The push for new cuts in Greece is backed up by ever-increasing “carefully” leaked scenarios of a disorderly Greek bankruptcy as early as March and the expulsion of Greece from the eurozone.
Merkel and Sarkozy are exercising severe pressure on the Greek government to reduce Greek labour costs further towards the levels of Portugal and Bulgaria.
The Greek media were jubilant that Papademos has forced the Troika to withdraw its demand for the abolition of the 13th and 14th months’ wages traditionally paid to Greek workers. But what Papademos has agreed with the Troika will take from Greek workers almost half their annual wages.
The have agreed to cut the private sector minimum wage by 20%, from €750 to €600 per month. After taxation, the net monthly minimum wage will be reduced to €490. Younger workers, under 25, who receive 80% of the minimum wage, will have their monthly wage will be reduced to €480, or below €400 net. All private sector workers who have their wages are determined by national collective bargaining agreements will have their wages reduced by 20%.
They have also agreed to abolish the legal enforceability of the collective bargaining agreements which cover 85% of the private sector workers. The Troika has been very persistent on abolishing “metenegreia”, a pro-working-class law which guarantees that wages and conditions set in a collective bargaining agreement are valid until the next agreed collective bargaining agreement. They cannot be altered by the employer without agreement, and employers are obliged to hire workers under the terms and conditions of the previously collective bargaining agreement.
The abolition of “metenergeia” would remove the safety net for workers and gives the green light to employers to run their workplaces under only the national minimum wage restrictions. It could cut private sector wages a further 20%.
The have also agreed to:
• Abolition of secure permanent eight-hours-a-day employment. Abolition of overtime pay. Power for employers to control their workers’ working hours, unrestricted by any legislation.
• Drastic reductions in the so-called “privileges” of Judges, doctors, lecturers, and the armed forces.
• 15,000 public sector redundancies within 2012, as part of the 150,000 job cuts demanded by the Troika before 2015
• 15% to 20% reductions in auxiliary pensions (“epikourikes”). 30% reduction in the lump sum on retirement).
• A further €3.3 billion cut in public spending.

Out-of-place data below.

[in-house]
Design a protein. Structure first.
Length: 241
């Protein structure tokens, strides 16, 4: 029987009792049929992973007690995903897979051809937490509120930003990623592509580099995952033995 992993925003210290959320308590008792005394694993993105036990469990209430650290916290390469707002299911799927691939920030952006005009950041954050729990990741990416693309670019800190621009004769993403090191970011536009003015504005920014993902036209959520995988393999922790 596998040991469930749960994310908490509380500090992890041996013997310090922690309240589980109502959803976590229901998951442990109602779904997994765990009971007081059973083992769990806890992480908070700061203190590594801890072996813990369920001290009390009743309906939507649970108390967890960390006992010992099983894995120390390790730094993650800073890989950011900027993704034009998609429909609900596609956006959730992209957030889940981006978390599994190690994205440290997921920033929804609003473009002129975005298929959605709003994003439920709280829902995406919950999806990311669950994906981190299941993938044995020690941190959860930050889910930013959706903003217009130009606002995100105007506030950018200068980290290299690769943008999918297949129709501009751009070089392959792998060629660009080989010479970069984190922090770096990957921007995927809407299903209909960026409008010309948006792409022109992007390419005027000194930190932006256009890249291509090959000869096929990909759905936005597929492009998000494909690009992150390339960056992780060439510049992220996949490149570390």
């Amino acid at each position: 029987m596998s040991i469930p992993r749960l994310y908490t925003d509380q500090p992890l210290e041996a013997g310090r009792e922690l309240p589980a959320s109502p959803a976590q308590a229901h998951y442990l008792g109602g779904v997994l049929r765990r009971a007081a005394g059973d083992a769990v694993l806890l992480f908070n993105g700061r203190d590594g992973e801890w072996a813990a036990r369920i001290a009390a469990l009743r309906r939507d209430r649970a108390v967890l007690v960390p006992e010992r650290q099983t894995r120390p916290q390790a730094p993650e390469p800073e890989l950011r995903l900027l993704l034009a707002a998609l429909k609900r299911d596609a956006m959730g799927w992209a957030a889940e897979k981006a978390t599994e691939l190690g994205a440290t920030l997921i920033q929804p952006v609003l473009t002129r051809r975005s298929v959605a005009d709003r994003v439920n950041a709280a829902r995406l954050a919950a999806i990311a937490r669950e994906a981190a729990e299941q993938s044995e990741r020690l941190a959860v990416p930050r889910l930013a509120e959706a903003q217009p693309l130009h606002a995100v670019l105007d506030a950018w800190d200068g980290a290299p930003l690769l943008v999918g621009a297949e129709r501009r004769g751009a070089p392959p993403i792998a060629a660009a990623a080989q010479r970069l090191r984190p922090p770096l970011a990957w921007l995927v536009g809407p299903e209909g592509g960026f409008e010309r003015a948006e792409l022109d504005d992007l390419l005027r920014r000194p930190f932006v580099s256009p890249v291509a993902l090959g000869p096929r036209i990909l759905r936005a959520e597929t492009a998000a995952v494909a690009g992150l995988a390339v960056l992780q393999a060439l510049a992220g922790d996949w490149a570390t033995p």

• Discussions of further cuts in pensions to counteract the effects of the crisis caused for pension funds by the wage cuts and job cuts reducing workers’ contributions.
20% cuts in private-sector wages, on top of the previously imposed reductions on the private sector wages by 26% since 2009, are equivalent to 45% reduction of private sector wages since 2009.
The cuts in private sector wages will affect directly and indirectly the living conditions of the whole working class. If the minimum wage is to be reduced to a meagre €490 per month for 8 hours a day employment, then the current unemployment benefit of €454 per month is likely to be further reduced. This round of measures would amount to a final dismantling of the post World War Two consensus.
The leaders of the three parties in the coalition (Pasok, Laos, and New Democracy), have all been making a show of fighting against the demands of the “big foreign powers” of the Troika, and especially ND leader Antonis Samaras, who hopes to become the new prime minister after elections.
But few Greek workers were convinced. When Samaras was given the chance to overthrow the PASOK government last October and call for elections, he decided instead to join the Papademos government in order to “rescue” the country.
Even when starting his opposition to the abolition of the 13th and 14th months’ wages, Samaras emphasised that he would support their abolition above a certain income threshold. Similarly, Samaras supported a cap of €300 on auxiliary pensions and a cap of €1200 on pensions.
Samaras’s proposal to hire one public sector worker for every 10 that get dismissed or pushed into retirement, and to reduce the hiring of temporary public sector workers by 20%, will destroy the public sector.
If this is what the tough talk of ND amounts to when it is in opposition, one can only imagine the anti-working-class politics that ND would implement if Samaras became the prime minister. In Portugal and Spain, the conservative parties, equivalents of ND, waited for the social democratic parties to be voted down, and when in government they escalated their attacks against the working class. ND’s sister party in Hungary, when in opposition, pretended to fight against the IMF. Now, in government, it is implementing all the IMF-imposed policies and trying to direct the Hungarian working class’s anger against the Roma and other minorities.
Although one more meeting of Papademos and the leaders of the three parties is planned for Tuesday 7th, they have already agreed to the main measures. All the party leaders have also agreed to recapitalise Greece’s banks, making a state contribution of €40 billion without changing the banks’ decision making processes (the shares owed by the state will have limited voting rights).
In other words, all the party leaders have agreed for the state to hand over €40 billion to the bankers.